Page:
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Q&A: The folks behind the Homecoming Concert

Have you ever wondered who calls the shots in terms of which artist will be performing? A&E spoke with the University’s Student Unions and Activities, the students and alums who make the final decision on who performs at the homecoming concert.
Image by Jasmin Kemp
Phoebe Ryan performs at the Homecoming Concert in front of Coffman Memorial Union on Friday, Oct. 4.

Keeping up the momentum of a bustling Homecoming Week on campus, Tyla Yaweh will be taking the stage outside Coffman Memorial Union for a free performance on September 24.

The annual Homecoming Concert is a well-known University tradition, but have you ever wondered who calls the shots in terms of what artist will be performing? Look no further — A&E spoke with folks from the University’s Student Unions and Activities (SUA) about their jobs, the tedious process of selecting a performer and their goals for this year’s concert.

Nolan Litschewski is a third-year student studying strategic communications, and he serves as a lead student music event planner for SUA. Devin Graf is a University of Minnesota alum, and she oversees SUA’s music group committee as a program advisor. Both Litschewski and Graf play essential roles in the planning, preparation and execution of the Homecoming Concert.

Why did you choose to apply for your role with SUA?

N: I’m hoping to do something in the music industry, so that’s kind of what was interesting about this job for me as a student. I just saw it as an opportunity to get involved with music on campus in a way that’s supporting student music and supporting the music that students want to see.

D: I was a program board coordinator when I was a student, and when I had the opportunity to continue my work with SUA, it just kind of made sense to me. I knew how much my advisors meant to me, and being able to provide that support to future generations of students is really important.

I’m very curious about the behind the scenes of choosing the artist for the Homecoming show. What does the brainstorming process look like?

N: We scope out what kind of artists students are listening to, usually through surveys and feedback from students. I would also ask people during virtual events to let me know what kind of music they wanted to hear on campus. Our supervisors have told us to keep our ears open, whether it’s to people talking on the street or to the songs we hear while walking past frat row. We take all that data together and come up with ideas from there.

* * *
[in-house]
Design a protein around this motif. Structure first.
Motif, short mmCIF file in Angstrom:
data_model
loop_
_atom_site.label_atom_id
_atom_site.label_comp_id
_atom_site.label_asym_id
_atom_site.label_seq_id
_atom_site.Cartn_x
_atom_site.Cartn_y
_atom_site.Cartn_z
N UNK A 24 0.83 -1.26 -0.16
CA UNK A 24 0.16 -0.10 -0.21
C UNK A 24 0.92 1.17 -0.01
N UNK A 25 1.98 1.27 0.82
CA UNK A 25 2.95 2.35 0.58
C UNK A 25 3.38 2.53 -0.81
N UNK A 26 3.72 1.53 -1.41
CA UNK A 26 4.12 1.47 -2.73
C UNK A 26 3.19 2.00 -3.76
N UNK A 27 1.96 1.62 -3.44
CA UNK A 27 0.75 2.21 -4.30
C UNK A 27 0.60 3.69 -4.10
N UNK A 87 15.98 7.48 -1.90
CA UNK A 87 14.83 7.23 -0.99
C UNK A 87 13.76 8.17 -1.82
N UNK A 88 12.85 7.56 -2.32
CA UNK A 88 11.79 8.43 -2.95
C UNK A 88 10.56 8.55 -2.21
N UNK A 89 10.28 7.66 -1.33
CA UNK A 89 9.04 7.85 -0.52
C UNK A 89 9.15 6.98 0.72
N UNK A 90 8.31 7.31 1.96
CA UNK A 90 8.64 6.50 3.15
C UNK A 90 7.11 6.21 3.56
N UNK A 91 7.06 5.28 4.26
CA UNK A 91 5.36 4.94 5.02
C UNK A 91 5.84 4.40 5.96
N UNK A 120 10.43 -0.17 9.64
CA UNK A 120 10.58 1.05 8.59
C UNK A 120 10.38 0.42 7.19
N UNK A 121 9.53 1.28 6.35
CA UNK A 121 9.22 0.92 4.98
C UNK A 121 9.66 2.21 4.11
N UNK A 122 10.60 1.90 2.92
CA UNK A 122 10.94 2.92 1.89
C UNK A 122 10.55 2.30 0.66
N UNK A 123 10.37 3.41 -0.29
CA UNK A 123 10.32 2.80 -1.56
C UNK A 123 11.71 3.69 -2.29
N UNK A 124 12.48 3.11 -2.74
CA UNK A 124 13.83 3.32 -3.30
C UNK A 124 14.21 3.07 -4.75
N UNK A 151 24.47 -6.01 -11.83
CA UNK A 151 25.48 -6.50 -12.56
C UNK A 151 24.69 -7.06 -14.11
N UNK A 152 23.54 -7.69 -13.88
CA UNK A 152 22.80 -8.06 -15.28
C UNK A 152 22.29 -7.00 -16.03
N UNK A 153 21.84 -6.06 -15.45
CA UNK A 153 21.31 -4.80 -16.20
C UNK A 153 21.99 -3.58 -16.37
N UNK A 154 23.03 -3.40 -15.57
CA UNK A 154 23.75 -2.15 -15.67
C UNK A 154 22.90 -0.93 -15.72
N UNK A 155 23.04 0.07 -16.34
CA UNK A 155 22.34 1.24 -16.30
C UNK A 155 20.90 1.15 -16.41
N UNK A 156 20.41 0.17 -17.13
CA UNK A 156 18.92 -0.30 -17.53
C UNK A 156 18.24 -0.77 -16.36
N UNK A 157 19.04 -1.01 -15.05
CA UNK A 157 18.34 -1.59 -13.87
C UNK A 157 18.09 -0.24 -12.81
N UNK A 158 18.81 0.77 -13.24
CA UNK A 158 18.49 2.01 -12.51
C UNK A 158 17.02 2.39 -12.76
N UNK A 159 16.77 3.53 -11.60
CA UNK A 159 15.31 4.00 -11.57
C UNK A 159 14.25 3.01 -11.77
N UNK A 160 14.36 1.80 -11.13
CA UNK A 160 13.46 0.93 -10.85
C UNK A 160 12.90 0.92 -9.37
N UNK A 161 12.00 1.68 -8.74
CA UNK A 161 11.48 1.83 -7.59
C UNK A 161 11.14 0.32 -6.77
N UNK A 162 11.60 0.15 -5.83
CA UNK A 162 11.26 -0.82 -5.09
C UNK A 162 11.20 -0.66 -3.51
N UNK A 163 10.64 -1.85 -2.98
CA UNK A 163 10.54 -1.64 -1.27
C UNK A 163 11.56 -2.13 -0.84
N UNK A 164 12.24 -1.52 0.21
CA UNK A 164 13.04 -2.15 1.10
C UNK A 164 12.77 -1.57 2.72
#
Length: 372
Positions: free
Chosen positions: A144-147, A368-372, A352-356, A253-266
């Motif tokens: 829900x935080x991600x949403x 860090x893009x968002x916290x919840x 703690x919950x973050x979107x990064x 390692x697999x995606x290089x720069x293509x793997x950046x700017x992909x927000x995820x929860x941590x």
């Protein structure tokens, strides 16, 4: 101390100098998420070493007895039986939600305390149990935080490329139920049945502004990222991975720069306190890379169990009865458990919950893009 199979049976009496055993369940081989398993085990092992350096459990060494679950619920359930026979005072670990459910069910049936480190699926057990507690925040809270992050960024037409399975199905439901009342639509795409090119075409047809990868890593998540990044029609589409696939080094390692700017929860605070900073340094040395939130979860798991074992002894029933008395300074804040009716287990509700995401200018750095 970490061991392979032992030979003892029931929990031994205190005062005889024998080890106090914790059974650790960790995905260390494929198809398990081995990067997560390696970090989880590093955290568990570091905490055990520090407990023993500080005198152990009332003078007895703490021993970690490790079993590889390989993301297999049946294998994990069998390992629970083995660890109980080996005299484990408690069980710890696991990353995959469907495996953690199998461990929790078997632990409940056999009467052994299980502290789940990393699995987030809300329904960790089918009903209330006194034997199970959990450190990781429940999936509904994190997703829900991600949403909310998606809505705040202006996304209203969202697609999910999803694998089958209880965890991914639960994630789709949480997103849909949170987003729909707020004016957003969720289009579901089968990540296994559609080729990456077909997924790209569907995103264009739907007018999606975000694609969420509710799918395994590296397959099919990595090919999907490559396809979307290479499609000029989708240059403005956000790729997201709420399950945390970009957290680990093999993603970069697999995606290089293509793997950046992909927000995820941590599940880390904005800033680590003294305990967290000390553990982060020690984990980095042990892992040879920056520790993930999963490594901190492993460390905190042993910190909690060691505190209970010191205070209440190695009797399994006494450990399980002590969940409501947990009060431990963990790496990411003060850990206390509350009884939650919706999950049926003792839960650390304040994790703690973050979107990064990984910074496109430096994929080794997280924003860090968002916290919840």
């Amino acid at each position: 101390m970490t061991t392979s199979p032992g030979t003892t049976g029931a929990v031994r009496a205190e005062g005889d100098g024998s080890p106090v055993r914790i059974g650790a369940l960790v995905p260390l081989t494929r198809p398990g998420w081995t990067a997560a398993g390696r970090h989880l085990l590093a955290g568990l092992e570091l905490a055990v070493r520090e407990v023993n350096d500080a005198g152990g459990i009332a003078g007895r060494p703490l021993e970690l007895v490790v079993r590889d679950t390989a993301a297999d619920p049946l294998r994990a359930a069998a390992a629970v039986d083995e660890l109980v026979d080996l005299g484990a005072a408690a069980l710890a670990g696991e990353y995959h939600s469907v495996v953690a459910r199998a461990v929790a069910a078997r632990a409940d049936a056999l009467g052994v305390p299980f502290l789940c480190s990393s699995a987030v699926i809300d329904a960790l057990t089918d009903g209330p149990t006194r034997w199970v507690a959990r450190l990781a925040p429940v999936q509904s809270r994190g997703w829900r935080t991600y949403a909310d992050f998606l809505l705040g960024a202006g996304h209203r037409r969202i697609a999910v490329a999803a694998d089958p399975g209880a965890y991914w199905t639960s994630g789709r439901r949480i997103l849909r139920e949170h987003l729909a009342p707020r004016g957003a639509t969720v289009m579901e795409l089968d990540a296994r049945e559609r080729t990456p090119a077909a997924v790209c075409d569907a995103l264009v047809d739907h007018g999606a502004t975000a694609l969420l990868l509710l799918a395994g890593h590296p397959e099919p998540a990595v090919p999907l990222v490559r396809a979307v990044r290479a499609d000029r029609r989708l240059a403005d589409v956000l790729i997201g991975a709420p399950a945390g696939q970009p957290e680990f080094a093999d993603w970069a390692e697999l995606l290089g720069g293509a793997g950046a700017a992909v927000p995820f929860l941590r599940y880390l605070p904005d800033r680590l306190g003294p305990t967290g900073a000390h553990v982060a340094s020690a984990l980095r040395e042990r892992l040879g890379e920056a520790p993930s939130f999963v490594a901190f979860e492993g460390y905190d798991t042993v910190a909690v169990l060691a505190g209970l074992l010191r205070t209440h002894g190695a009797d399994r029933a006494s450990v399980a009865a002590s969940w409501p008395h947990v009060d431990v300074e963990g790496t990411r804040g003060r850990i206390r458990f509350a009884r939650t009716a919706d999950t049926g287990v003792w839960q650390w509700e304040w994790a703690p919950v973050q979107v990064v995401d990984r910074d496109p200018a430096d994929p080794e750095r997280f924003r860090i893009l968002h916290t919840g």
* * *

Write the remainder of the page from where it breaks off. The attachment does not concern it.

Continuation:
D: When I was a student, something I kept in mind was what we wanted the show to accomplish, and what kind of energy we wanted. That usually helps to frame what genre you’re going to aim for. We also have a huge performer database where we keep track of requests students have submitted for hundreds of different artists.

After some initial ideas have been generated, what kinds of factors go into finalizing the decision for the performer?

N: We want to know about their reputation, so we research the artist pretty in-depth. Social media numbers are a big thing for us as well, in terms of how they’re doing on Spotify or checking in on their Instagram activity. Especially during this past year, we look at what artists have been rising during the pandemic that there might be demand for. And, of course, budget and availability.

That sounds like quite the process. What does the timeline typically look like for crowdsourcing, research and ultimately booking the performer?

N: In a conventional year, it usually starts in January. But this year, we ran into different roadblocks. For a long time, we didn’t know what fall was going to look like, and we were just waiting to make sure that this was even a viable thing. This year we started in May, as soon as we heard that fall was looking good.

D: The biggest thing we keep in mind is when we want to launch the campaign. For our larger events, like Homecoming, people want to know a lot farther in advance, so our deadline is usually two to three months prior to the show.

This year’s concert is coming up at the end of the week. What sorts of things went into the decision to book Tyla Yaweh for the show?

N: We combined the feedback we received with his relevance in the past year and a half. He released a lot of new music during the pandemic, and his Spotify listeners were trending upwards. He also had songs with some really big names like Post Malone and Wiz Khalifa, so all of those things kind of came together.

Devin mentioned earlier that SUA has different “goals” for each of their events. What are some of your goals for the Homecoming Concert?

N: When I went to the concert during my freshman year, I started seeing people from my dorm that I hadn’t talked to that much, and experiencing a high-energy show together was a jumping off point in getting to know them better. That’s the goal for me, just for students to have an awesome experience where they can finally meet new people.

D: We wanted to make sure students had a free, accessible option to celebrate the Friday before Homecoming, and hopefully being surrounded by other students cultivates a sense of belonging on campus. I think that’s ultimately the heart of all of our programming — it’s a huge campus, so being able to be in a collective spot enjoying the shared experience is really important.

Editor’s note: This interview has been edited for length and clarity.

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